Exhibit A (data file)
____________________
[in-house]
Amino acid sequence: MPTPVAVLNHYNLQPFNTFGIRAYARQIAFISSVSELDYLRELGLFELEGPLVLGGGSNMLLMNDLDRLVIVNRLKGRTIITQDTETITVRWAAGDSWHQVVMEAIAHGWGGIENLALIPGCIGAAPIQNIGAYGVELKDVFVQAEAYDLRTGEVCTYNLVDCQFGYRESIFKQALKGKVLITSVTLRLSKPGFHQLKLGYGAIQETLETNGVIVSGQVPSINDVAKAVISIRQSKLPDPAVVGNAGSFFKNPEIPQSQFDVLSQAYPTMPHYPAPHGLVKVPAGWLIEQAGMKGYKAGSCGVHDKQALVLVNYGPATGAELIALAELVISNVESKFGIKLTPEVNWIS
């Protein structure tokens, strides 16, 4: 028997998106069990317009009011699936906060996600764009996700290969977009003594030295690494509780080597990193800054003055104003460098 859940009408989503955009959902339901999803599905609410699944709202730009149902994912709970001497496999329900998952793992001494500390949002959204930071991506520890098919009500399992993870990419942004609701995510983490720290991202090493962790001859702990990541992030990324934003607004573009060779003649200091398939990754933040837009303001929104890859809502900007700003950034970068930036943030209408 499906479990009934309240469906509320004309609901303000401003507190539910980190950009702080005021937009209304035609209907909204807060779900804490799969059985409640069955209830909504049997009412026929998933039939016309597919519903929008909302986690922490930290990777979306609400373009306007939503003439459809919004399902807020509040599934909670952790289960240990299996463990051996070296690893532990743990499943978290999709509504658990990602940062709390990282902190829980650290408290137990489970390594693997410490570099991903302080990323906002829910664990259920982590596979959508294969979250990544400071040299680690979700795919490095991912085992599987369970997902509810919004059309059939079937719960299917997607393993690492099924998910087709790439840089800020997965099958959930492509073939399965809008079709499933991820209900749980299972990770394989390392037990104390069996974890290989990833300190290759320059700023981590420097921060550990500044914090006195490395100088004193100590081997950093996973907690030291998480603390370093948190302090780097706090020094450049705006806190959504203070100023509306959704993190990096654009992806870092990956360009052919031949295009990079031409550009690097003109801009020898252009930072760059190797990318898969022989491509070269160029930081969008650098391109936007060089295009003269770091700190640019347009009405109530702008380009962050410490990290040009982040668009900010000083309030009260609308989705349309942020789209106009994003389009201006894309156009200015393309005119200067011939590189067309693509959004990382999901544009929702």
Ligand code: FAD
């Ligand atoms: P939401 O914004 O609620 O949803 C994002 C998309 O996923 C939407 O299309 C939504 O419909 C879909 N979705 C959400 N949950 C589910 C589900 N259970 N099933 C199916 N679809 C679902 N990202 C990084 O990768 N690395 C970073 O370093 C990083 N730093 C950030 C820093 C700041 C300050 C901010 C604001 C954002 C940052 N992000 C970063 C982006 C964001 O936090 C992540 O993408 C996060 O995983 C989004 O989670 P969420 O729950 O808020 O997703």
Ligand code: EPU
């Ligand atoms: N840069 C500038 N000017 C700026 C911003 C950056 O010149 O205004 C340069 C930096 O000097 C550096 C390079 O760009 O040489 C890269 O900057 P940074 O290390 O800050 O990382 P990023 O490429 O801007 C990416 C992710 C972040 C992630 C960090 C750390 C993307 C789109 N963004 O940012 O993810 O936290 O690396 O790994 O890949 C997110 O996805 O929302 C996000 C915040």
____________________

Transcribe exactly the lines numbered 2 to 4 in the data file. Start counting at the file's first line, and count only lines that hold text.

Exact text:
Amino acid sequence: MPTPVAVLNHYNLQPFNTFGIRAYARQIAFISSVSELDYLRELGLFELEGPLVLGGGSNMLLMNDLDRLVIVNRLKGRTIITQDTETITVRWAAGDSWHQVVMEAIAHGWGGIENLALIPGCIGAAPIQNIGAYGVELKDVFVQAEAYDLRTGEVCTYNLVDCQFGYRESIFKQALKGKVLITSVTLRLSKPGFHQLKLGYGAIQETLETNGVIVSGQVPSINDVAKAVISIRQSKLPDPAVVGNAGSFFKNPEIPQSQFDVLSQAYPTMPHYPAPHGLVKVPAGWLIEQAGMKGYKAGSCGVHDKQALVLVNYGPATGAELIALAELVISNVESKFGIKLTPEVNWIS
């Protein structure tokens, strides 16, 4: 028997998106069990317009009011699936906060996600764009996700290969977009003594030295690494509780080597990193800054003055104003460098 859940009408989503955009959902339901999803599905609410699944709202730009149902994912709970001497496999329900998952793992001494500390949002959204930071991506520890098919009500399992993870990419942004609701995510983490720290991202090493962790001859702990990541992030990324934003607004573009060779003649200091398939990754933040837009303001929104890859809502900007700003950034970068930036943030209408 499906479990009934309240469906509320004309609901303000401003507190539910980190950009702080005021937009209304035609209907909204807060779900804490799969059985409640069955209830909504049997009412026929998933039939016309597919519903929008909302986690922490930290990777979306609400373009306007939503003439459809919004399902807020509040599934909670952790289960240990299996463990051996070296690893532990743990499943978290999709509504658990990602940062709390990282902190829980650290408290137990489970390594693997410490570099991903302080990323906002829910664990259920982590596979959508294969979250990544400071040299680690979700795919490095991912085992599987369970997902509810919004059309059939079937719960299917997607393993690492099924998910087709790439840089800020997965099958959930492509073939399965809008079709499933991820209900749980299972990770394989390392037990104390069996974890290989990833300190290759320059700023981590420097921060550990500044914090006195490395100088004193100590081997950093996973907690030291998480603390370093948190302090780097706090020094450049705006806190959504203070100023509306959704993190990096654009992806870092990956360009052919031949295009990079031409550009690097003109801009020898252009930072760059190797990318898969022989491509070269160029930081969008650098391109936007060089295009003269770091700190640019347009009405109530702008380009962050410490990290040009982040668009900010000083309030009260609308989705349309942020789209106009994003389009201006894309156009200015393309005119200067011939590189067309693509959004990382999901544009929702």
Ligand code: FAD